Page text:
Linux provides the
tail command in order to read specified files. The default behavior of the tail command is reading the specified files ends with the specified lines. By default, the tail command reads the last 10 lines of the specified files.
tail Command Syntax
The tail command has the following syntax where generally a single file is specified to read from its end. But also multiple files can be specified too which is optional.
tail OPTION FILE1 FILE2 ...
- OPTION is the option to set different behaivours for the tail command.
- FILE1 is the file to read from its end.
- FILE2 is optional and generally not used.
Print Last 10 Lines of File
By default the tail command prints the provided file’s last 10 lines. There is no need for an extra parameter for the tail command. In the following example, we print the last 10 lines of the “/var/log/auth.log”.
$ tail /var/log/auth.log
Print Last Specified Number Of Lines
The number of lines we want to print can be specified with the
-n option. The number of lines is provided after the -n option. In the following example, we print the last 3 lines of the “/var/log/auth.log”.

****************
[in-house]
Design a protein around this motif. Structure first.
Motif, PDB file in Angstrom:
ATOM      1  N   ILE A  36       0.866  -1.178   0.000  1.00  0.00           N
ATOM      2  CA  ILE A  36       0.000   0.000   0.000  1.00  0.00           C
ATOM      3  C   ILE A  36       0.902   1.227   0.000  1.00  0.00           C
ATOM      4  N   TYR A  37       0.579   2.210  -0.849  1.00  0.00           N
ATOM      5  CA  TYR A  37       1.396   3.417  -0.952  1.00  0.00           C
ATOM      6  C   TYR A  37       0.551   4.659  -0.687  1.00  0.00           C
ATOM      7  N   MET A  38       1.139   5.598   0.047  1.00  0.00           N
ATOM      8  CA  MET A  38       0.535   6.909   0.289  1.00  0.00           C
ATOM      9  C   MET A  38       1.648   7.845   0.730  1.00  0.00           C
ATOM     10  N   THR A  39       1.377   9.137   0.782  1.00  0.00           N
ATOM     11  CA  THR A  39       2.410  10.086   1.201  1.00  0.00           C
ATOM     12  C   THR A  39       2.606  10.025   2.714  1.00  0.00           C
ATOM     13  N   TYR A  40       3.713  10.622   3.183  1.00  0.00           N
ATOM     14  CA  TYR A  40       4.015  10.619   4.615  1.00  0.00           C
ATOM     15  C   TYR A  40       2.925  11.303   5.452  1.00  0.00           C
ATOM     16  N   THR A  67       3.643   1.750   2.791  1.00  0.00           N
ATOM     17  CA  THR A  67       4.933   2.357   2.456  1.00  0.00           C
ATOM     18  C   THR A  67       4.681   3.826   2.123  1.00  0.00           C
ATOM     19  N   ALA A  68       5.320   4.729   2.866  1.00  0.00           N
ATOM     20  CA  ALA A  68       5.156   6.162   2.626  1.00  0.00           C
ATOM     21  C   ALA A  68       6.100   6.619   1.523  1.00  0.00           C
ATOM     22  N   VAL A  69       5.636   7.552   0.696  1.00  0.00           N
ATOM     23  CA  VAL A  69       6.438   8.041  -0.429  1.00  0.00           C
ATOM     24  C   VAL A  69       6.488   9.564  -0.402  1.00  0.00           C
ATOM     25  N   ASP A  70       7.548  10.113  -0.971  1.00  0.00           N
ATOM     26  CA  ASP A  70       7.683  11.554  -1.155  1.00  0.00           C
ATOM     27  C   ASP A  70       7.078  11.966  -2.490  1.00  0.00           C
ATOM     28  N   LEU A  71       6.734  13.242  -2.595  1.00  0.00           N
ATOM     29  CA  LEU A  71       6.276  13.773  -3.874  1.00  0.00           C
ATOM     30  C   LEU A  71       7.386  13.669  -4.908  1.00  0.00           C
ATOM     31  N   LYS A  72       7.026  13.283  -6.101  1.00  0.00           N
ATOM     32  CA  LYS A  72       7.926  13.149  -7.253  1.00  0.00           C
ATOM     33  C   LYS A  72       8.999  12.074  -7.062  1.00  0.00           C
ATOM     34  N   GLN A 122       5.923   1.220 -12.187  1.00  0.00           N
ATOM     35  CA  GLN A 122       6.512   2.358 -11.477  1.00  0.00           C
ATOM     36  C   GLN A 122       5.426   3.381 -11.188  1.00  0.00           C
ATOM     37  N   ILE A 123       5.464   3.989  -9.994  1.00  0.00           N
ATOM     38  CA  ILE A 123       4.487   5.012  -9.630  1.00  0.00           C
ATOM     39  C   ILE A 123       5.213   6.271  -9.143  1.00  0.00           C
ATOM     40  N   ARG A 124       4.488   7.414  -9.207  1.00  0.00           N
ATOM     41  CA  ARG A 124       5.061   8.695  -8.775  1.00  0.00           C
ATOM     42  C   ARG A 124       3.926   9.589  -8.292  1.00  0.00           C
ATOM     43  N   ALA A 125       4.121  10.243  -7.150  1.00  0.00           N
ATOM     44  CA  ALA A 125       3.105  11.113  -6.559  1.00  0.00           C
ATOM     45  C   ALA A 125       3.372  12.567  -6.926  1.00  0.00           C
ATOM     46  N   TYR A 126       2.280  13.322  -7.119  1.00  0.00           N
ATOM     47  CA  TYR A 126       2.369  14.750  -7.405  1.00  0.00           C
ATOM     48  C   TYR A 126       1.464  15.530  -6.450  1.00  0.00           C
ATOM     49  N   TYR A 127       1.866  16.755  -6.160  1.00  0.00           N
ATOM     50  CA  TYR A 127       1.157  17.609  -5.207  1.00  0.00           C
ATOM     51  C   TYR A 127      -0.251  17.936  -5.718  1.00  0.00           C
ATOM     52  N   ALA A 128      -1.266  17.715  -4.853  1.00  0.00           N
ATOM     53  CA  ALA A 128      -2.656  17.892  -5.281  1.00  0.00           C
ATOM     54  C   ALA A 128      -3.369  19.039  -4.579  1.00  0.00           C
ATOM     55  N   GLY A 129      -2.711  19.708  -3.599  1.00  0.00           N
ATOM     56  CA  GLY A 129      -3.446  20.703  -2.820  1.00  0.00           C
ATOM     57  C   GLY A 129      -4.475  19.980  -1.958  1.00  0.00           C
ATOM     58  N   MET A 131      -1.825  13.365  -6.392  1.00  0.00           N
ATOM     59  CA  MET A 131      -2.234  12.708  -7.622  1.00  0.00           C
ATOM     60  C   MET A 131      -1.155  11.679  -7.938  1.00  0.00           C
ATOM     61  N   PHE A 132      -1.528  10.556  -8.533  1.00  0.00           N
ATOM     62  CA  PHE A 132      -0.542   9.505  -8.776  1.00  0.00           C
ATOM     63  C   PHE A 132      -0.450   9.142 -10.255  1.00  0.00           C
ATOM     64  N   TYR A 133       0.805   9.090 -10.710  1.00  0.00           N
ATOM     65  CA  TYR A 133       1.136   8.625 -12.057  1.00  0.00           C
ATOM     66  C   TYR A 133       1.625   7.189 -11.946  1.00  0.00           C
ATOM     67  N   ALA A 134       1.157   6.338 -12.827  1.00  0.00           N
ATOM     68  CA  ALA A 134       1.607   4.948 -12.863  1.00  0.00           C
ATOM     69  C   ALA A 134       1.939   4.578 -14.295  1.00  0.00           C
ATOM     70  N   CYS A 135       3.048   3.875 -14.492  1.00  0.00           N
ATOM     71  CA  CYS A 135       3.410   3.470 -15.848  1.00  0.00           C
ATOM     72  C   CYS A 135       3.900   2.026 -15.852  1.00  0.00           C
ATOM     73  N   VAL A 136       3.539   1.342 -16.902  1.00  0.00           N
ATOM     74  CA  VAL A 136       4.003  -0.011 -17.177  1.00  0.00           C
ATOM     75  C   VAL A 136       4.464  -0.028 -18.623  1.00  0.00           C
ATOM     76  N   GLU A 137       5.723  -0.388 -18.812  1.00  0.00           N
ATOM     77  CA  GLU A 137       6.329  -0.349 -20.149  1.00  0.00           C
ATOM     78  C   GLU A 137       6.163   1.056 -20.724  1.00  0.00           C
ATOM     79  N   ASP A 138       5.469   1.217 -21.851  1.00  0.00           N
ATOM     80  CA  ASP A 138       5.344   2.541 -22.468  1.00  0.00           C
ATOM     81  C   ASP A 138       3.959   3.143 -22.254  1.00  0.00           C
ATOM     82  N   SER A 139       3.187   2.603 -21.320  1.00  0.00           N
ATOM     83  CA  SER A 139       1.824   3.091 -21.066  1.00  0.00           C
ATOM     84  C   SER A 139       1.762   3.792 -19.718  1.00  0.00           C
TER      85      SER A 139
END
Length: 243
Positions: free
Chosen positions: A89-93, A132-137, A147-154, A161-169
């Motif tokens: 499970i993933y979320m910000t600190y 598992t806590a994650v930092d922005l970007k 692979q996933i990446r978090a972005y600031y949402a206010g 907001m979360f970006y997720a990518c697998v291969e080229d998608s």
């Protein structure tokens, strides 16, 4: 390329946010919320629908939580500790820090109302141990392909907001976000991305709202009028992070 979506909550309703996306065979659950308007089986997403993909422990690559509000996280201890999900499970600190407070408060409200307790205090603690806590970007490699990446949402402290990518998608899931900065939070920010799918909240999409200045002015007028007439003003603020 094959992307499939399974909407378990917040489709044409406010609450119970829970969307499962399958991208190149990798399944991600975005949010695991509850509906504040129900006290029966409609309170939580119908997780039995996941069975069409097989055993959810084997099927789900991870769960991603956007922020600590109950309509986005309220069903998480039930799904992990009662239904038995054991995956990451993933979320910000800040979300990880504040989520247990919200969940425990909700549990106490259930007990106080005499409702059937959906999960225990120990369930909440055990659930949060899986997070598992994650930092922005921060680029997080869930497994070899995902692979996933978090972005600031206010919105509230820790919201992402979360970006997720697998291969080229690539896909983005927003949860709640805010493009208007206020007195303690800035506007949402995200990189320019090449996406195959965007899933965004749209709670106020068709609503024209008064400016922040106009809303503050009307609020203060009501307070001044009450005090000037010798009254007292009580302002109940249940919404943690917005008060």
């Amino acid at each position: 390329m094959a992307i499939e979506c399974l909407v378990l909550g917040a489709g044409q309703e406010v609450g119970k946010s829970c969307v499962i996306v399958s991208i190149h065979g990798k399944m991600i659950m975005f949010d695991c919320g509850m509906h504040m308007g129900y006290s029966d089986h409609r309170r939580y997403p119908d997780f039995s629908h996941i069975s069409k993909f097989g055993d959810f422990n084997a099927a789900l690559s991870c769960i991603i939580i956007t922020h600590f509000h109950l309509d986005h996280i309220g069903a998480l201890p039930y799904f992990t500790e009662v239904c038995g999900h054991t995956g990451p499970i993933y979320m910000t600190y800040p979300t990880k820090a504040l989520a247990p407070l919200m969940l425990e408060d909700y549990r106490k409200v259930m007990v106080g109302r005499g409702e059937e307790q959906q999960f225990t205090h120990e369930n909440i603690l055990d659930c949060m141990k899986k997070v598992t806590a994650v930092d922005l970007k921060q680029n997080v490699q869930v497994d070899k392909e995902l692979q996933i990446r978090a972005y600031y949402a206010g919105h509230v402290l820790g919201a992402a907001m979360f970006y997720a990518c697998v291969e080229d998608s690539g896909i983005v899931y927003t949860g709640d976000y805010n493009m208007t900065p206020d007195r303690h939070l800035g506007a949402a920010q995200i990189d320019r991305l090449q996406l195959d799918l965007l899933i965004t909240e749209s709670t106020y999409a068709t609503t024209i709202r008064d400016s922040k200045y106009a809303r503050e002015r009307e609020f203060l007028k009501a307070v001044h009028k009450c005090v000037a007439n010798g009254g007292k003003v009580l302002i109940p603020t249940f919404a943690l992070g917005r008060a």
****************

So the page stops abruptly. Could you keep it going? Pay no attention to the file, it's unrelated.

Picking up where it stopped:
$ tail -n 3 /var/log/auth.log
Print Last Specified Number Of Bytes
The tail command can be also used to print a specified number of bytes from the specified file. The
-c option is used to specify by count. In the following example, we print the last 64 bytes from “/var/log/auth.log”.
$ tail -c 64 /var/log/auth.log
Print Last Lines Interactively
One of the most popular features of the tail command is printing newly added lines in an interactive way. The tail command continuously monitors the specified file and prints newly added lines automatically. This is very useful to monitor logs and changes in a file without any extra effort. The
-f option is used
$ tail -f /var/log/auth.log
Print Last Lines with File Name
Generally, the tail command is used with a single file and there is no need to print the file name for the output. If we use multiple files with tail command and require to print the file names the
-v option can be used.
$ tail -v /var/log/*
Print Multiple Files
The tail command can be used to print multiple files in a single execution. The file names can be provided to the tail command.
$ tail /var/log/auth.log users.log
Print Version Information
Even the tail command is very stable and less changing command the version information about the tail command can be printed with the
--version option like below.
$ tail --version
Print Help Information
Basic help information about the tail command can be printed with the
--help option like below.
$ tail -h